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  1277: St Mary, Hay-on-Wye, Brecknockshire, Wales

St Mary, Hay-on-Wye, Brecknockshire, Wales
Photo: Jack Tait

Mystery Worshipper: Og the King of Bashan.
The church: St Mary, Hay-on-Wye, Brecknockshire, Wales.
Denomination: The Church in Wales.
The building: : Dating from the 12th century, the church was rebuilt in 1833 after ages of neglect and improved upon throughout the remainder of the 19th century. The result is a mixture! The grey stone 15th century crenelated tower stands in contrast to a rather plain early 19th century galleried nave. It looks Gothic on the outside but very much a plain Protestant plaster preaching church on the inside. But the east end features a high Victorian apse and a rather intimate and very splendid altar, with six gold candlesticks standing on a stone ledge behind it. Standard (but not offensive) Victorian stained glass, encaustic red tiles around the chancel, and a very interesting polychromatic marble pulpit finish off the decor. All in all, good solid Oxford Movement furnishings.
The church: Originally a part of the Church of England, the Church in Wales became separate in 1920 and today is an independent province of the Anglican communion. St Mary's is decidedly Anglo-Catholic – nothing out of the ordinary if you're used to this style of worship, but somewhat dazzling to those who are not. They sponsor several social and church-related groups.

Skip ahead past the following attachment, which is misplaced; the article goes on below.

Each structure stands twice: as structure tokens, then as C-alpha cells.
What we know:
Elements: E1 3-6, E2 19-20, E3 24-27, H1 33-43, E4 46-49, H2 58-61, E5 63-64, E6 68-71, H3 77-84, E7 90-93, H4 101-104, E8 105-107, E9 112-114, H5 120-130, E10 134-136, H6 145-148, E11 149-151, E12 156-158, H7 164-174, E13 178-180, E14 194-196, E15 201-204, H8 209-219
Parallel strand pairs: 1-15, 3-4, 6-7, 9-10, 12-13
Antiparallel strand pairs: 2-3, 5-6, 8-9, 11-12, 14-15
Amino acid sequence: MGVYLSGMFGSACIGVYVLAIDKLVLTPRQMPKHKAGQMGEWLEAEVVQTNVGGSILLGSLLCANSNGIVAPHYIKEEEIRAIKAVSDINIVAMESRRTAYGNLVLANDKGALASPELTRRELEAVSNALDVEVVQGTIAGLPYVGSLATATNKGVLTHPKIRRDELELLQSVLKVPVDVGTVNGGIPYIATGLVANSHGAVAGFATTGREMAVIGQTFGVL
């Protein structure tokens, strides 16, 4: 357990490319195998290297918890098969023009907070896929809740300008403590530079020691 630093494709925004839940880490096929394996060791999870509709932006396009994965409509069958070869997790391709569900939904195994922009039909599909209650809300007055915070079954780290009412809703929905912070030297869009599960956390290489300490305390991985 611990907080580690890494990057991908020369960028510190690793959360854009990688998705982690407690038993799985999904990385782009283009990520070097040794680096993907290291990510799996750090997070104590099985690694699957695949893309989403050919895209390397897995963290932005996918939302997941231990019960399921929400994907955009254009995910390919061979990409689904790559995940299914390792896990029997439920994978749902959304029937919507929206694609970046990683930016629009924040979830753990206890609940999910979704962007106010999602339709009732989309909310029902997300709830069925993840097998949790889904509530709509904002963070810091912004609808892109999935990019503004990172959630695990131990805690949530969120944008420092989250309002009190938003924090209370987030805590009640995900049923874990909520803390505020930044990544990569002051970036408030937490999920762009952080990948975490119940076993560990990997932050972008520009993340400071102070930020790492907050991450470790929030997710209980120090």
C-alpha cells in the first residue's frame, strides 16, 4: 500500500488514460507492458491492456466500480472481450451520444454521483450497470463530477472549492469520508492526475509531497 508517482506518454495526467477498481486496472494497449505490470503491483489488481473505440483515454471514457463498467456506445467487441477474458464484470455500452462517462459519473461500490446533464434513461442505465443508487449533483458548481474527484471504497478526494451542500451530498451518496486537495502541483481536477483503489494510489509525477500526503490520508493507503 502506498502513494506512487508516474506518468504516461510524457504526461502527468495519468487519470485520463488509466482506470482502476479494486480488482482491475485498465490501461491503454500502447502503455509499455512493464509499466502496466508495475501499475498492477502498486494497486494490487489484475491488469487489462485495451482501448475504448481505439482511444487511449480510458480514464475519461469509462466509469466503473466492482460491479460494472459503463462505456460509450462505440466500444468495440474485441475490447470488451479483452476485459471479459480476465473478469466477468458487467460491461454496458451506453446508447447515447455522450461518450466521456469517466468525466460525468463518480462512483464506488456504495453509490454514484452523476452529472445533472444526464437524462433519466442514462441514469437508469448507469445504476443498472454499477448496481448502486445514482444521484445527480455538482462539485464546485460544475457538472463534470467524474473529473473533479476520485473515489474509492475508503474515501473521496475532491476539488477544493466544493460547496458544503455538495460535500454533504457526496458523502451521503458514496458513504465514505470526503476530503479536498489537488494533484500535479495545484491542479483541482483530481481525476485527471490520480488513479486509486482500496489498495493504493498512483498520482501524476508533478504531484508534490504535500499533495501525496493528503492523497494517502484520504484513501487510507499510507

The neighbourhood: Hay-on-Wye dates back to pre-Roman times and is known as the "book town" (tref y llyfrau), with as many as 39 bookshops. At its best, Hay is a lovely little place, surrounded by rolling hills (with a light dusting of snow!) leading to the beauties of the Golden Valley. At worst, it's just another grey Welsh border town.
The cast: The Rev. Richard Williams, vicar.
The date & time: Ash Wednesday, 1 March 2006, 8.00pm.

What was the name of the service?
Ash Wednesday Mass.

How full was the building?
The apse was completely full; the rest of the capacious nave completely empty! Twenty-six people were at the service, plus priest and thurifer.

Did anyone welcome you personally?
Well, a large friendly grey poodle came up to me in the church porch and wagged its tail, for a start. He seemed to be part of the fixtures and fittings of the church (of which more later). I was surprised to recognise several members of the choir from my involvement in the local choral society! They were, of course, all over me in a flash, and rustled up a hymnal with harmonic parts for me. I tried my best to conceal the fact that I was there to mystery worship!

Was your pew comfortable?
As comfortable as lovely solid reassuring Victorian oak gets – but clearly not designed for people over six feet tall.

How would you describe the pre-service atmosphere?
Quiet, dark, reverent, incense-filled and candle-lit. Here and there in the otherwise gloomy nave there were votive candle stands, including a beautiful shrine to the Virgin Mary. But my eyes were drawn to the beautifully decorated apse, where the congregation were cheerfully squeezed into the pews closest to the altar.

What were the exact opening words of the service?